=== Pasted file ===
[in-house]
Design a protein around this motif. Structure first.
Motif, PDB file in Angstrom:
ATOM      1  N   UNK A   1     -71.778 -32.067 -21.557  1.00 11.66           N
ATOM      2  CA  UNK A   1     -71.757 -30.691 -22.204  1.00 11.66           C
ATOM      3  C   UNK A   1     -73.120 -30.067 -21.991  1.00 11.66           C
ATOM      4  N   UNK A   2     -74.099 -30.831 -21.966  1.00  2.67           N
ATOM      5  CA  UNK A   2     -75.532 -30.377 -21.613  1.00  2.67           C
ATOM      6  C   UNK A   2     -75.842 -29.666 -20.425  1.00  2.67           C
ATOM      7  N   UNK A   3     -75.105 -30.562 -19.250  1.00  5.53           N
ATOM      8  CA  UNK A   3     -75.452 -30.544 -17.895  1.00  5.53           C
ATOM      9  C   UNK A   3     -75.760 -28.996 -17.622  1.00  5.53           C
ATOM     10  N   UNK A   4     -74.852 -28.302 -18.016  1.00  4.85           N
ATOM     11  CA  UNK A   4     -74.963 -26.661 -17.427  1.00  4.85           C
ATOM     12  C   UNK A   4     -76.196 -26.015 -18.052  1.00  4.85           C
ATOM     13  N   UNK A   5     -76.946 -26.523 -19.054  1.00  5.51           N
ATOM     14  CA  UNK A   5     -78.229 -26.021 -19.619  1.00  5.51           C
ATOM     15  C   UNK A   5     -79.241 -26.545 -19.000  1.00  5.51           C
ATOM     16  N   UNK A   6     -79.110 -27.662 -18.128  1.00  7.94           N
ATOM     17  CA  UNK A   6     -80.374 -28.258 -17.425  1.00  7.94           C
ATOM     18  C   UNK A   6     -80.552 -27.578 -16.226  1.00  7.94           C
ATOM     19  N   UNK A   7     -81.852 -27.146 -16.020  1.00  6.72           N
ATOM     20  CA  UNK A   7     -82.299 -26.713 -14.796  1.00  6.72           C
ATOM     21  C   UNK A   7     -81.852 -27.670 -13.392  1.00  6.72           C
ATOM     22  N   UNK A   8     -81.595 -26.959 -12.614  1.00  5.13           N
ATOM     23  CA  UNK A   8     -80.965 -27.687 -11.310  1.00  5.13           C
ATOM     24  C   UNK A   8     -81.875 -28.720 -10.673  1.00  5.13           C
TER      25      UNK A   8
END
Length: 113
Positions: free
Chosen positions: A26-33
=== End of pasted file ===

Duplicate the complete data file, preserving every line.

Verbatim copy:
[in-house]
Design a protein around this motif. Structure first.
Motif, PDB file in Angstrom:
ATOM      1  N   UNK A   1     -71.778 -32.067 -21.557  1.00 11.66           N
ATOM      2  CA  UNK A   1     -71.757 -30.691 -22.204  1.00 11.66           C
ATOM      3  C   UNK A   1     -73.120 -30.067 -21.991  1.00 11.66           C
ATOM      4  N   UNK A   2     -74.099 -30.831 -21.966  1.00  2.67           N
ATOM      5  CA  UNK A   2     -75.532 -30.377 -21.613  1.00  2.67           C
ATOM      6  C   UNK A   2     -75.842 -29.666 -20.425  1.00  2.67           C
ATOM      7  N   UNK A   3     -75.105 -30.562 -19.250  1.00  5.53           N
ATOM      8  CA  UNK A   3     -75.452 -30.544 -17.895  1.00  5.53           C
ATOM      9  C   UNK A   3     -75.760 -28.996 -17.622  1.00  5.53           C
ATOM     10  N   UNK A   4     -74.852 -28.302 -18.016  1.00  4.85           N
ATOM     11  CA  UNK A   4     -74.963 -26.661 -17.427  1.00  4.85           C
ATOM     12  C   UNK A   4     -76.196 -26.015 -18.052  1.00  4.85           C
ATOM     13  N   UNK A   5     -76.946 -26.523 -19.054  1.00  5.51           N
ATOM     14  CA  UNK A   5     -78.229 -26.021 -19.619  1.00  5.51           C
ATOM     15  C   UNK A   5     -79.241 -26.545 -19.000  1.00  5.51           C
ATOM     16  N   UNK A   6     -79.110 -27.662 -18.128  1.00  7.94           N
ATOM     17  CA  UNK A   6     -80.374 -28.258 -17.425  1.00  7.94           C
ATOM     18  C   UNK A   6     -80.552 -27.578 -16.226  1.00  7.94           C
ATOM     19  N   UNK A   7     -81.852 -27.146 -16.020  1.00  6.72           N
ATOM     20  CA  UNK A   7     -82.299 -26.713 -14.796  1.00  6.72           C
ATOM     21  C   UNK A   7     -81.852 -27.670 -13.392  1.00  6.72           C
ATOM     22  N   UNK A   8     -81.595 -26.959 -12.614  1.00  5.13           N
ATOM     23  CA  UNK A   8     -80.965 -27.687 -11.310  1.00  5.13           C
ATOM     24  C   UNK A   8     -81.875 -28.720 -10.673  1.00  5.13           C
TER      25      UNK A   8
END
Length: 113
Positions: free
Chosen positions: A26-33